"Gee’s Bend: The Architecture of the Quilt
Indianapolis Museum of Art
Through Dec. 31
Seldom is the functional quilt considered cutting-edge art. But when the quilts of the women of Gee’s Bend, a rural community in Alabama an hour’s drive from Camden, were uncovered nearly 10 years ago, it created a sensation. The quilts are continuing to make the rounds, with growing interest and recognition of the women’s bold designs as fine art rather than, or superseding, the notion of the quilts as craft. This recognition has now reached Indianapolis: Gee’s Bend: The Architecture of the Quilt pieces together this trajectory, one that began as a group of women sewing quilts for their families from worn out work clothes. Today, the quilts are considered “Some of the most miraculous works of modern art America has produced,” or so asserts New York Times art critic Michael Kimmelman.
What makes the quilts so amazing? Certainly, they recall naïve art; and yet there’s a sophistication that has evolved over generations, as the women developed a unique, almost stylized aesthetic that incorporated a geometric, abstract sensibility. As if, from their rural outpost in the South, they were a part of the move towards minimalism without being intellectually connected to it. Our most important artistic movements have always had a synergy that defies the constraints of physical space, and yet their unique aesthetic was firmly rooted in place.
After the art establishment’s discovery of their quilts, the women experienced a sort of revival and many who had retired their shears and thread picked them up again, now creating art with intention. Loretta P. Bennett’s “Two-Sided Geometric” (2003) is a dance between hot pink and black triangles and rectangles, merging and separating as a map or a grid, but delightfully without logic. Ever since the first emancipated slave of Gee’s Bend picked up cloth and began to piece it together, the quilts have served as symbolic riffs on the fields, houses and roads of rural Gee’s Bend. This chronicling continues, but the women’s labor of love has become far more.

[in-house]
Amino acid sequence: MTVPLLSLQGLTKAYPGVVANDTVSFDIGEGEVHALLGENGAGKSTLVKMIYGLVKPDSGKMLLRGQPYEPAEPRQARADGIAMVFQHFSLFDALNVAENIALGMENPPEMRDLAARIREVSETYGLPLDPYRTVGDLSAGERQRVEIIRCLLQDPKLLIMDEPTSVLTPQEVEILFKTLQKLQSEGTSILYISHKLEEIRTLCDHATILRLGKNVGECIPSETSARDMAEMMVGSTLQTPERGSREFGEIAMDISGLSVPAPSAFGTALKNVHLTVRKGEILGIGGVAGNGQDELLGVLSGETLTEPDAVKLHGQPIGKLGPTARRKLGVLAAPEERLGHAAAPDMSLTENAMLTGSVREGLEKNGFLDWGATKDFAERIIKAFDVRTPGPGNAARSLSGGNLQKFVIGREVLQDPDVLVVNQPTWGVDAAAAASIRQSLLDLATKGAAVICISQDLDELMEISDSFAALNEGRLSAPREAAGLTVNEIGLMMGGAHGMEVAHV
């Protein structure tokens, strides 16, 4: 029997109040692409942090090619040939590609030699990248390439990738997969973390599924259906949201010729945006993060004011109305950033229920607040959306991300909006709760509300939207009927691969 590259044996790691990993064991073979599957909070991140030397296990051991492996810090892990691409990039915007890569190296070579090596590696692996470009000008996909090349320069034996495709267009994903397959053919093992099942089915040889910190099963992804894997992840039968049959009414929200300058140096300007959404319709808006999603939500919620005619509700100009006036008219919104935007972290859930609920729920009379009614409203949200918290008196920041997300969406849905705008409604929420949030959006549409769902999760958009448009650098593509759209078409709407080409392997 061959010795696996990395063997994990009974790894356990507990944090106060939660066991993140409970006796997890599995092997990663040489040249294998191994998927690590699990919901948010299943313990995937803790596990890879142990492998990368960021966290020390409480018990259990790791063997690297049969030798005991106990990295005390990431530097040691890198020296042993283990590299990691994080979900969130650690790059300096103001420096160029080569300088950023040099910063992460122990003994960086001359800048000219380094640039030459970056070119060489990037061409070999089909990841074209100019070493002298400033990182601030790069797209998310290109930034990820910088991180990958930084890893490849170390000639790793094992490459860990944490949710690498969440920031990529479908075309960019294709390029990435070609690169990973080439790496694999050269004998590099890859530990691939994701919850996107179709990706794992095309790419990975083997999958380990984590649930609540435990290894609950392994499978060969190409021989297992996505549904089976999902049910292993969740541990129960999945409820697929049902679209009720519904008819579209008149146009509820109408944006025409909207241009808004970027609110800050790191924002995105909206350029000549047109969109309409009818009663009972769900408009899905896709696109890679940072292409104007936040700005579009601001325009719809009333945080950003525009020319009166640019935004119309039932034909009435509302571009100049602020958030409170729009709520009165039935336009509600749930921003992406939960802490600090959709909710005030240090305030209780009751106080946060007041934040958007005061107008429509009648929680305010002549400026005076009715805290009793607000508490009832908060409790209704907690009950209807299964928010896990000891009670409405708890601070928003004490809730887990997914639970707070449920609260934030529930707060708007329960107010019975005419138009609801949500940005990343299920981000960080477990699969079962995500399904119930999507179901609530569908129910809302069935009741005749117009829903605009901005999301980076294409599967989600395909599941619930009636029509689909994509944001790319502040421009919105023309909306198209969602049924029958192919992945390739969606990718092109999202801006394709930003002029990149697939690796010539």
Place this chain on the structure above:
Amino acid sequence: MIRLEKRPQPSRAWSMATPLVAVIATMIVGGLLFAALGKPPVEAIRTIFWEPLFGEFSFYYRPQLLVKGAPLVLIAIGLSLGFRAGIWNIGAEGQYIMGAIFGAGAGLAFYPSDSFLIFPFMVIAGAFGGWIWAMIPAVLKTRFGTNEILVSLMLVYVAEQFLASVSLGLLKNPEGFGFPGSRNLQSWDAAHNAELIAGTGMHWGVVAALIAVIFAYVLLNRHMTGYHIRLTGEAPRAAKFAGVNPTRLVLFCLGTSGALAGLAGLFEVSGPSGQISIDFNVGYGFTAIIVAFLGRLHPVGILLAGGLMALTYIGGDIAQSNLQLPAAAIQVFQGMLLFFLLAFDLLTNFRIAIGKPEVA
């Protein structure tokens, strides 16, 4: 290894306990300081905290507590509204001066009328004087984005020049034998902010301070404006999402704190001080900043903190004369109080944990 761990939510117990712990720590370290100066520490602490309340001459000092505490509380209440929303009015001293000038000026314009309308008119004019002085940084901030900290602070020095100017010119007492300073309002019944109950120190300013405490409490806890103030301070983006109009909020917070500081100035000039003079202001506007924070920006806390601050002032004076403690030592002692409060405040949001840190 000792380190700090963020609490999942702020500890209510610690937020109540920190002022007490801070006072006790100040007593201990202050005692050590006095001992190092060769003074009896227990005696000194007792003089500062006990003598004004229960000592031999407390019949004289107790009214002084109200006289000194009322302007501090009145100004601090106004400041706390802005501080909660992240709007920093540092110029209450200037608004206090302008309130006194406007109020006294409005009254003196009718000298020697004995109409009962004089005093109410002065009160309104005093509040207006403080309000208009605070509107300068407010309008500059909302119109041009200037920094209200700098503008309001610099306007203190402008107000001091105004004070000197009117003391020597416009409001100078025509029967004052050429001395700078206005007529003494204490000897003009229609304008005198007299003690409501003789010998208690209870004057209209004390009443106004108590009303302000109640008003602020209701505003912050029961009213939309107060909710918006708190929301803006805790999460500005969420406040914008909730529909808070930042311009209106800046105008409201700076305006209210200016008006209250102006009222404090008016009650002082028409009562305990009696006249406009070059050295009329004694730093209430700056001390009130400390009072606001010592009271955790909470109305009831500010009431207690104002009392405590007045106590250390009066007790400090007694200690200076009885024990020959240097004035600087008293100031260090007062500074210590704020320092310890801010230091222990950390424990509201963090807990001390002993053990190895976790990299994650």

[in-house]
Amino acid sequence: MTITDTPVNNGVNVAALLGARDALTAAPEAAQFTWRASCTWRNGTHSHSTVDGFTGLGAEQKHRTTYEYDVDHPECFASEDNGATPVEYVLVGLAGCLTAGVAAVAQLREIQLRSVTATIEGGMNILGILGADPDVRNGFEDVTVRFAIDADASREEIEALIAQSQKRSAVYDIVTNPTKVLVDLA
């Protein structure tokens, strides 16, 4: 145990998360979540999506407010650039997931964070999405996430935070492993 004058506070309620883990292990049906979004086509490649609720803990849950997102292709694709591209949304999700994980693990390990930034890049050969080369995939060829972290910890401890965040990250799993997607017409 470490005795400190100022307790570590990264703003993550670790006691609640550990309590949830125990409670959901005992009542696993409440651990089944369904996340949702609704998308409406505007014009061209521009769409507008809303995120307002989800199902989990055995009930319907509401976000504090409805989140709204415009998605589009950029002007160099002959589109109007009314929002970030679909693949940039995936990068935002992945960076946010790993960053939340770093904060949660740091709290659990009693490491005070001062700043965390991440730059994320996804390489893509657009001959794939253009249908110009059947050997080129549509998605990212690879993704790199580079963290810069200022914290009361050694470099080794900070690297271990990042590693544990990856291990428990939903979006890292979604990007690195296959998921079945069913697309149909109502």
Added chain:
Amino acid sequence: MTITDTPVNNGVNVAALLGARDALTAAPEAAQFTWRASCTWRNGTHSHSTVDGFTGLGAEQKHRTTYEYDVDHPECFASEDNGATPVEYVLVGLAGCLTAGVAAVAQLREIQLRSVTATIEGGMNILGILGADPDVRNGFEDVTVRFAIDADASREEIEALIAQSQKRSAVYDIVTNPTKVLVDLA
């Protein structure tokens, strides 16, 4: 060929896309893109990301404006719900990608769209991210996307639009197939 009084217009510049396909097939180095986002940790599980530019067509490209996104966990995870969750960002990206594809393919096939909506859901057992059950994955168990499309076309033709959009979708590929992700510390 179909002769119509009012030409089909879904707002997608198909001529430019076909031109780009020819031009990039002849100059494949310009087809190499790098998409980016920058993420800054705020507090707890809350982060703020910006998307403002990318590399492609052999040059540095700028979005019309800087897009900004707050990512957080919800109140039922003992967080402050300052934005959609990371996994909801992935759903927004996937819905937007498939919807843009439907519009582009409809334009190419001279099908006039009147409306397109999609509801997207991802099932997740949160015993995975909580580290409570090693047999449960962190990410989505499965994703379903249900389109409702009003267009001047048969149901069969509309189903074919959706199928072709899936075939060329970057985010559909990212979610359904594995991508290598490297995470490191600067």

William Arnett, director of the Tinwood Alliance, present for the opening, remarked that black culture in this country is already known for producing great music. But to neglect visual art is “a big mistake.” With the Gee’s Bend quilts as evidence, the closed doors of institutional art are opening ever wider, as they are for other under-recognized constituencies, including women. The Indianapolis Museum of Art’s role in this goes back further than the current exhibition. Maxwell Anderson, recently installed director and CEO of the Indianapolis Museum of Art, was at the Whitney Museum of Art in New York when he first brought the Gee’s Bend quilts to the public, dramatically breaking attendance records. Such a curatorial choice, Arnett said, “cost him dearly.” To our ultimate benefit.
Gee’s Bend: The Architecture of the Quilt is on view through Dec. 31 at the Indianapolis Museum of Art, 4000 Michigan Road. Call 317-923-1331 or visit www.ima-art.org for information.